Thinking about Creativity

December 20, 2018Internship

The Artoo ‘Think-Club’ is an attempt on our part to think about things bigger than ourselves and raise the level of conversation in our own Artoo-world. This piece captures our discussion in August, 2018 , based on the idea of collective creativity as discussed by Linda Hill in her TED talk .

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Linda Hill talks about three things as being vital for collective creativity to flourish: creative abrasion (i.e. debate, discussion, disagreement, diversity of opinion); creative agility (the ability too reflect, adjust, and remain flexible); and creative resolution (being able to arrive at a solution that accommodate for all differing viewpoints). She quotes major companies in which this is achieved — Pixar and Google, for instance. However, a question arose as to how would smaller companies — such as ours — be able to achieve this kind of collective creativity, without the kind of resources and finances that allow bigger companies to explore, experiment and innovate?

This led us to go back to a fundamental question — why is creativity an important value for us, and more importantly, what do we at Artoo mean by creativity? We arrived at the importance that creativity holds for us — by the very nature of being a start-up, we need to be constantly innovating for us to remain relevant, especially because we don’t have the kind of resources that bigger companies have; in fact, it was even discussed that having infinite resources at your disposal might lead you to be less creative than if you have fewer. And in connection, one possible definition fo creativity for us was suggested as being the ability to successfully and imaginatively work around the various constraints that we have to face.

This led to another question — are we being resourceful rather than creative, and is there a difference, if at all? Furthermore, what would the role of innovation be, with respect to creativity, and which of these is valuable to us? Differing opinions and viewpoints were expressed, some of which included the following:

  • Resourcefulness is simply being smart about doing something, i.e. finding the shortest way to get to a point. Creativity, however, is finding new, imaginative ways of doing something, which may be better, if not be directly shorter.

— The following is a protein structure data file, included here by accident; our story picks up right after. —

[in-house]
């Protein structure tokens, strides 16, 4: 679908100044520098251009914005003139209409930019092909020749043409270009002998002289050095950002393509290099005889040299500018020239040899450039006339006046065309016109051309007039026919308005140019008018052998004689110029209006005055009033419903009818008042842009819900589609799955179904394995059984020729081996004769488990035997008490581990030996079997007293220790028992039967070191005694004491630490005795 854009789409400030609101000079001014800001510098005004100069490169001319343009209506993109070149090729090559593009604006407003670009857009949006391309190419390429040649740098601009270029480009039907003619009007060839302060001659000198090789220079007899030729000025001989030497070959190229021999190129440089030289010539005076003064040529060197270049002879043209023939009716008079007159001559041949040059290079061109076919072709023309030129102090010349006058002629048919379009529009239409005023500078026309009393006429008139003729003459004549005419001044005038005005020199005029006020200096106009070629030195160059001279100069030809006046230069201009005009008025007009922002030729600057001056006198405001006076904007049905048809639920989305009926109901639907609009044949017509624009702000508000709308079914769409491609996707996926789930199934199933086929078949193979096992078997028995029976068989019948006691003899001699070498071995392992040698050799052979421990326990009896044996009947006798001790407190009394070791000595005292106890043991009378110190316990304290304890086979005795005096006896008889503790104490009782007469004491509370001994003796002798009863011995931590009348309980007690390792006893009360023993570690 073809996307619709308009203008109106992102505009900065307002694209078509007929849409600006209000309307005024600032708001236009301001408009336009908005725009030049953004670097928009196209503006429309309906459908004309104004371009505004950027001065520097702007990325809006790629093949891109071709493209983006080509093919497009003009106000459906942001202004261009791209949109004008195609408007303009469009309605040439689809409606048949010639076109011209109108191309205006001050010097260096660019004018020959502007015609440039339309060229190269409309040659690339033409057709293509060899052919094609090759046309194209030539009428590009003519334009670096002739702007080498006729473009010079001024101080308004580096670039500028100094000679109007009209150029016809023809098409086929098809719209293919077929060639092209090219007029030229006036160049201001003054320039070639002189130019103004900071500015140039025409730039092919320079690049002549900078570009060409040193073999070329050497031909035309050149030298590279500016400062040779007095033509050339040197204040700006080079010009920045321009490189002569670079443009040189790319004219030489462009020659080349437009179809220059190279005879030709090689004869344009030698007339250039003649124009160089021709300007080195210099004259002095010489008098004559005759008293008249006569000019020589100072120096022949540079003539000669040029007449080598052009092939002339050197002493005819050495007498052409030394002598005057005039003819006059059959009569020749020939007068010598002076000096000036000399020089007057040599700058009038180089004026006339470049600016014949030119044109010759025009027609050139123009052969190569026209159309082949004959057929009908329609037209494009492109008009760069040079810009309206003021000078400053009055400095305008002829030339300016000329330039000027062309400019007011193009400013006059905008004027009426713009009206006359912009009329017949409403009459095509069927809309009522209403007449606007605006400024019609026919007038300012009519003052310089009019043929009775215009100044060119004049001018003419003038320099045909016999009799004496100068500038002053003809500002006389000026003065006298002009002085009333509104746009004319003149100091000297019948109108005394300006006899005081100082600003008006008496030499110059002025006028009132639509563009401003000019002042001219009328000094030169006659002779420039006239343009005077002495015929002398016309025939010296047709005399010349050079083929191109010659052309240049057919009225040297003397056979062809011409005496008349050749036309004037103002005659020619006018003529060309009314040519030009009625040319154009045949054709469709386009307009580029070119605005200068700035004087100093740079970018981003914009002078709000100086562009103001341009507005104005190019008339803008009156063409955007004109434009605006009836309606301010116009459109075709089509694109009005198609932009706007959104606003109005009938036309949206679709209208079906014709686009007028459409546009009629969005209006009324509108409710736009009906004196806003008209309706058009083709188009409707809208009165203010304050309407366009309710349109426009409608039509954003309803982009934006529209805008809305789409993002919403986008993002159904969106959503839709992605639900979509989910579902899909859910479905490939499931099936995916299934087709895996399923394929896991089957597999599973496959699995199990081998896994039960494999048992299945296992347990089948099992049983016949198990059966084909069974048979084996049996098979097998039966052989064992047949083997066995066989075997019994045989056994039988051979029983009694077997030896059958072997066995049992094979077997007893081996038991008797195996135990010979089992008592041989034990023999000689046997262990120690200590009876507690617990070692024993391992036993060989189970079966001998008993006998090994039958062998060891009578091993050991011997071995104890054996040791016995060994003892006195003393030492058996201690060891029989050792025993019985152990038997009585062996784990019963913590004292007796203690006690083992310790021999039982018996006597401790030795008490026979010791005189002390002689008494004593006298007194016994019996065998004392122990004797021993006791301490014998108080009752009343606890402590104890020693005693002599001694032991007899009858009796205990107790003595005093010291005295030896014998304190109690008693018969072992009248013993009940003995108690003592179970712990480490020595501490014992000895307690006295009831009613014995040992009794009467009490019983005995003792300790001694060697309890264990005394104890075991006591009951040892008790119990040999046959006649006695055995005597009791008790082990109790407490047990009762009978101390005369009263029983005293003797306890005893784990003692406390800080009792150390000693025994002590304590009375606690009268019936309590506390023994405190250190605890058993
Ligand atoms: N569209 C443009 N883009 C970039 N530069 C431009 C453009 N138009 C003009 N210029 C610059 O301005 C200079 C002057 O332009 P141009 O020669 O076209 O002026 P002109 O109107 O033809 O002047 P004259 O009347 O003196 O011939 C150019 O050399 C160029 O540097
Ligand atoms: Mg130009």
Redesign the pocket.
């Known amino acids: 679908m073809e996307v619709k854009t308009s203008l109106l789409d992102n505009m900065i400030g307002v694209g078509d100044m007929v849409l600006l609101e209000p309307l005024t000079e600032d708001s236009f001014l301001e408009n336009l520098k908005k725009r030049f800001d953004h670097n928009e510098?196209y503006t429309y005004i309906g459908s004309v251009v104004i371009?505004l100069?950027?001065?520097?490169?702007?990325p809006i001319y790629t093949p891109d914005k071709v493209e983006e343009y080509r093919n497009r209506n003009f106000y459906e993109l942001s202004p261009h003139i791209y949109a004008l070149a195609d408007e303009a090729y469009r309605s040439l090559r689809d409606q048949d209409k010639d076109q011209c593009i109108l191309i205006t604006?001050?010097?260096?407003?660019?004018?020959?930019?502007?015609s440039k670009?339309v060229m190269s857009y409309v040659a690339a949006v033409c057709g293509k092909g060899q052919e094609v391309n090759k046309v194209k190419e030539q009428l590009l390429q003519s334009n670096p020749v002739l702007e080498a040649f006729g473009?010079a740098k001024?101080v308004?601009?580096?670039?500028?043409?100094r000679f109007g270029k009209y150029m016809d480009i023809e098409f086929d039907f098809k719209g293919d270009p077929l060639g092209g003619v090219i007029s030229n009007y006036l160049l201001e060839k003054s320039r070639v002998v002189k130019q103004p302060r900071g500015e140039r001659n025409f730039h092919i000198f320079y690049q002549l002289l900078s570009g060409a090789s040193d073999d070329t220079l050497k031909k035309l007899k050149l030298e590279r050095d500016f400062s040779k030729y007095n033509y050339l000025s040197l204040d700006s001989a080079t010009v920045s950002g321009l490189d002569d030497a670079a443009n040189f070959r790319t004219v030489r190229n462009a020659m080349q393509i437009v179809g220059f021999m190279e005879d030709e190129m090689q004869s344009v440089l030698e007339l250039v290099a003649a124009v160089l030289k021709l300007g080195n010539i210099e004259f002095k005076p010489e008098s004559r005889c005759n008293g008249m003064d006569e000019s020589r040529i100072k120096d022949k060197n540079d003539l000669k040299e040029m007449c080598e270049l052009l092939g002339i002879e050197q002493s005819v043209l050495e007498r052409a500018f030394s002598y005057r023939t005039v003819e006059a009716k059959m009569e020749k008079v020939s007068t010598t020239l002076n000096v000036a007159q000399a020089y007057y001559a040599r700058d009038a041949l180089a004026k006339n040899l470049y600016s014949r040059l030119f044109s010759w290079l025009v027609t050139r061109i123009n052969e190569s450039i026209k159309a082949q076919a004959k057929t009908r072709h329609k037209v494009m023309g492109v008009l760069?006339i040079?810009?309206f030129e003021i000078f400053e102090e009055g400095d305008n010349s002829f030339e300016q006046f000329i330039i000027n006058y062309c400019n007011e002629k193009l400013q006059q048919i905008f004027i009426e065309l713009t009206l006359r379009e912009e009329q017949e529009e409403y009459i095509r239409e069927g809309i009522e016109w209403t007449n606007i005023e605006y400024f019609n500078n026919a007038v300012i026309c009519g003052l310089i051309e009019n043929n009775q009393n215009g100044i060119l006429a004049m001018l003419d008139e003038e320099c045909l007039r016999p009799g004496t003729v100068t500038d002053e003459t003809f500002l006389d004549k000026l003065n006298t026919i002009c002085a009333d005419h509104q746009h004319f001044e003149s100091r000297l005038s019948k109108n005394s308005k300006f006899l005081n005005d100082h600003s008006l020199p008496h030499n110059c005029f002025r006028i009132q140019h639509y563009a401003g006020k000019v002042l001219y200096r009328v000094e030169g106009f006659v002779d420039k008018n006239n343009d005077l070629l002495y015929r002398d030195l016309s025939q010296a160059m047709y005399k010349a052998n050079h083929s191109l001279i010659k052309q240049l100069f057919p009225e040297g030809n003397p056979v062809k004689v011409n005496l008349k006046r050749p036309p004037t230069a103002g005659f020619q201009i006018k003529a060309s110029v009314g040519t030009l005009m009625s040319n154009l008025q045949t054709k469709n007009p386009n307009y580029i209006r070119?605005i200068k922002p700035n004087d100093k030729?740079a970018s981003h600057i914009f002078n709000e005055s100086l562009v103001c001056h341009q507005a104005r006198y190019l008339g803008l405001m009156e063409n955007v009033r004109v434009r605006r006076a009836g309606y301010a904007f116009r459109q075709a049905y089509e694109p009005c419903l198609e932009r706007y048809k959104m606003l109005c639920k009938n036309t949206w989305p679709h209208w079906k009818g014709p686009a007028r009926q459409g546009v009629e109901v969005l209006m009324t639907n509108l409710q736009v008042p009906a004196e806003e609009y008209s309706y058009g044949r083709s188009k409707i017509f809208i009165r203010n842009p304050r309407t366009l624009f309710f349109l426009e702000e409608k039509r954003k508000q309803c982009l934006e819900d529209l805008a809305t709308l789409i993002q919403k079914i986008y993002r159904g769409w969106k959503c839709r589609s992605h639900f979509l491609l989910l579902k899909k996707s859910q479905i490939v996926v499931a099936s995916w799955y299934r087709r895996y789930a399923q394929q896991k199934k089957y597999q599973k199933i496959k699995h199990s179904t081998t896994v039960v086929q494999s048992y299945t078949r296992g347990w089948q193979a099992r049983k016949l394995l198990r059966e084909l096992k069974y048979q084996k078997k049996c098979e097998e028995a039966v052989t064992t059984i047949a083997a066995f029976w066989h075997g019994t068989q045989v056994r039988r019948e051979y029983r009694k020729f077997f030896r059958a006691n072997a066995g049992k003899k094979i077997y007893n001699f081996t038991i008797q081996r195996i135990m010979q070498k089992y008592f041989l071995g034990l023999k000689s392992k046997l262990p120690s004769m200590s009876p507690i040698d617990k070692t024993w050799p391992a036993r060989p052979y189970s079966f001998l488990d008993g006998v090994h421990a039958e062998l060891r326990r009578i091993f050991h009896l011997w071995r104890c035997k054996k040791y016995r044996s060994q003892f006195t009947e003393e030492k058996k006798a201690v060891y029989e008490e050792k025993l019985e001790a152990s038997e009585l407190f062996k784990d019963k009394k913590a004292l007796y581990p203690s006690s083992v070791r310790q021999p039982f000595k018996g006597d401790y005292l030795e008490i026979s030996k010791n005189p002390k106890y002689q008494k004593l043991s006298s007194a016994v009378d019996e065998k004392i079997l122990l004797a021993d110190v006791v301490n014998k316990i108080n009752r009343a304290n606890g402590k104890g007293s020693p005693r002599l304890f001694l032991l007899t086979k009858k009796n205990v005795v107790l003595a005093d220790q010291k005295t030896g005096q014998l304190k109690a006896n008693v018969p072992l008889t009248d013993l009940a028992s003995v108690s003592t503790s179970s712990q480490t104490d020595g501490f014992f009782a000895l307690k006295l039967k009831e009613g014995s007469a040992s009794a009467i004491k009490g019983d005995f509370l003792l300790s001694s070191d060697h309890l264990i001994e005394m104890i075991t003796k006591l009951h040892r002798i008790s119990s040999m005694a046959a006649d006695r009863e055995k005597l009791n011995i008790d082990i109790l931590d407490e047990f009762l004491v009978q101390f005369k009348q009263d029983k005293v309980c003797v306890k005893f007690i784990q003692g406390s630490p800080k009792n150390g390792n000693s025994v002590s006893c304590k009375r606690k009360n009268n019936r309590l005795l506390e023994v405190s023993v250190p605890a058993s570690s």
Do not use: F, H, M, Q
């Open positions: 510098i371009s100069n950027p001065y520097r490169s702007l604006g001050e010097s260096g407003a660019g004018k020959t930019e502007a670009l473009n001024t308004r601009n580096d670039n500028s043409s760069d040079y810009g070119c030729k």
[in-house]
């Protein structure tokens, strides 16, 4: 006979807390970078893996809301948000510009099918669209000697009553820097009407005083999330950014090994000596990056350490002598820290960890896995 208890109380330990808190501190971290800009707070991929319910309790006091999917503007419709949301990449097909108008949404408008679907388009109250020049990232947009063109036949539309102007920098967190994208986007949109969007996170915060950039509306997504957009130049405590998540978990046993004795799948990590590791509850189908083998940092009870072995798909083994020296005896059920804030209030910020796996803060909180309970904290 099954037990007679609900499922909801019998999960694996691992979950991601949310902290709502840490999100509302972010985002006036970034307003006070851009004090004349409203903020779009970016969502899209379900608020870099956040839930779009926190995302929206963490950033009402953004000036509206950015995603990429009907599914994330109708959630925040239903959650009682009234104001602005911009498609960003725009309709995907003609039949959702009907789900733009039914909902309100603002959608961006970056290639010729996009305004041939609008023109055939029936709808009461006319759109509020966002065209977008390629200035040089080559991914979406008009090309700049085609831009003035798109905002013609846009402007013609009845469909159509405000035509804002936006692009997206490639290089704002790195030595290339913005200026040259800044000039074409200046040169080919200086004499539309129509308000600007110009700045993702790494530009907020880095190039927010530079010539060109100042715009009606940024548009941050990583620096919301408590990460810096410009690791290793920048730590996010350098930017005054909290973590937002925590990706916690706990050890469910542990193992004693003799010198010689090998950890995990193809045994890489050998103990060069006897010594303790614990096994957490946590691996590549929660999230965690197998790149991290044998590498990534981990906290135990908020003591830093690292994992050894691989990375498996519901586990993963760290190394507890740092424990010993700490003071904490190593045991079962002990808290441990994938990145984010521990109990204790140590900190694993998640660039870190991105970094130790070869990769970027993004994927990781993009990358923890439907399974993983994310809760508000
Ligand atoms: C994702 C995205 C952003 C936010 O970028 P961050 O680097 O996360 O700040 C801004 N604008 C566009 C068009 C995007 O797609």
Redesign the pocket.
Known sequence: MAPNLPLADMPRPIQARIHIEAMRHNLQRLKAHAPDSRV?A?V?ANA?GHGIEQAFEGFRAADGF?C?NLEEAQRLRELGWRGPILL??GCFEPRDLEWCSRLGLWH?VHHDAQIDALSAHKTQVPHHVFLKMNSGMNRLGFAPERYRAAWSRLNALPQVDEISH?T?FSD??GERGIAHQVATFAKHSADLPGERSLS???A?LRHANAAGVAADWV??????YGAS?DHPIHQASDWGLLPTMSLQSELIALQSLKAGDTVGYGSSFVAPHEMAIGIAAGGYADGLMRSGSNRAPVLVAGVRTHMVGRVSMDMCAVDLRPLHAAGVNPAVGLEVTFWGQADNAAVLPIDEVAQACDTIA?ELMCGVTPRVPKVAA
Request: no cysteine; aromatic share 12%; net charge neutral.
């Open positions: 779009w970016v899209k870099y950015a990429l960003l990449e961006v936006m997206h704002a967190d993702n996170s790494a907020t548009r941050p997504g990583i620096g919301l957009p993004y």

• Innovation is the output or product of a process that is creative. Creativity is a mindset that allows you to look at something fresh, keep an open mind, and be ready to meet challenges that are new to you. It is an attitude that permeates everything you do, and involves original thinking. It is possible for a creative process or creative thought to lead to an outcome that may be original for the individual, but may not necessarily be innovative by itself (i.e. the solution or outcome may already exist elsewhere).
  • Creativity is something that we need as a company to survive simply because it leads to innovation. Innovation is the tangible output, and this is what keeps us in the game.
  • Creativity is the spark that needs an engine of innovation to keep the process going.

Against the backdrop of discussing creativity, innovation, and resourcefulness, yet another question arose — what is it that hinders creativity? Structures and processes that are put in place to ensure uniformity within an institution was the first answer that we arrived at. We talked about whether it was possible to think of creative structures and processes to enable creativity, but agreed that the very idea of a process inherently seemed to hinder creativity by inhibiting individuality. Thus, we wondered whether, and how, it would be possible to remain creative in a non-creative environment — and vice versa, whether it was possible for an environment to be creative, and have creative output going through, without an individual within this environment necessarily being creative himself / herself.

A second block to creativity that we chanced upon, was the fear of failure — the more afraid we are of failing, the less ready we are to take risks and chances and explore or try something new. This we recognised to be a very personal reality for us as a start-up, as the scarcity of resources and pressing deadlines means that we cannot afford to make a lot of misses. How, then, do we remain creative — something that we earlier agreed to be a necessity for our survival as a start-up, when the very fact of us being a start-up leads to this fear, which hinders the creative process?

Simultaneously, an important question emerged — how important is debate, discussion, and conflict really, to the creative process? Linda Hill mentions it in her talk, but how does it play out in reality?

Acceptance seemed to be a possible answer to both of these questions — when we truly see and accept the challenges that we face as our reality, then we can start to reflect and think of ways to move around them. Similarly, diversity of opinion can fuel creativity if, and only if, there is acceptance of these differences, and enough space accorded for opposing viewpoints to co-exist — otherwise, conflict without real listening or respect can kill creativity on all sides.

We concluded the discussion convinced that creativity was important to us, but still pondering what it really meant for each of us in the context of Artoo. The question of how we can be collectively creative is an important one, and even more important is what creativity really means for us. These questions may not, perhaps, have immediate or single right answers — what we can do, however, is keep these questions alive in our minds, and through our conversations with each other, personal reflections, and even our work. And along the way, if you have interesting thoughts, questions, or possible answers, do share them with us!

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